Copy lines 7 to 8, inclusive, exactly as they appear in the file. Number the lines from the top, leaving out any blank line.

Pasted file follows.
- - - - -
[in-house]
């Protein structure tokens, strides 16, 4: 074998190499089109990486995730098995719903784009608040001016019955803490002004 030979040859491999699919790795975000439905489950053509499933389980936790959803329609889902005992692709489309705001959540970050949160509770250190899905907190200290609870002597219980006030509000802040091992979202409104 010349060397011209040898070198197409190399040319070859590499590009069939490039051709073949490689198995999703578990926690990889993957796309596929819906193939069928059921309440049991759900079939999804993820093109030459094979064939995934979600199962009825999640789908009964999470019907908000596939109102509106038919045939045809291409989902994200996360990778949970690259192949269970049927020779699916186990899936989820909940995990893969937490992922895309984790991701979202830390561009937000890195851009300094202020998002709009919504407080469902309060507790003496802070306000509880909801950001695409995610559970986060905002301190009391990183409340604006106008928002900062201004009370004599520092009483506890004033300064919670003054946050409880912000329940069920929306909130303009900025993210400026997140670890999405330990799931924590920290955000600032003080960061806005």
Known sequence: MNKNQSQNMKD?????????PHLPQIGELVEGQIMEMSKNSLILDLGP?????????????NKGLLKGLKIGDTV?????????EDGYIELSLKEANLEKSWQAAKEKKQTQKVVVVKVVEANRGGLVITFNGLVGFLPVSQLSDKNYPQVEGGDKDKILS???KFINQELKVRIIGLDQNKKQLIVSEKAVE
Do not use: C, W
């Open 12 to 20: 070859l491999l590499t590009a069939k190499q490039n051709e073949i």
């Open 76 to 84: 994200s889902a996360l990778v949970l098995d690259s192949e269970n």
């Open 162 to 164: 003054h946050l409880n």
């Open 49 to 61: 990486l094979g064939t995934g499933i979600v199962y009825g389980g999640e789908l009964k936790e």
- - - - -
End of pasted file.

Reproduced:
């Open 162 to 164: 003054h946050l409880n």
């Open 49 to 61: 990486l094979g064939t995934g499933i979600v199962y009825g389980g999640e789908l009964k936790e």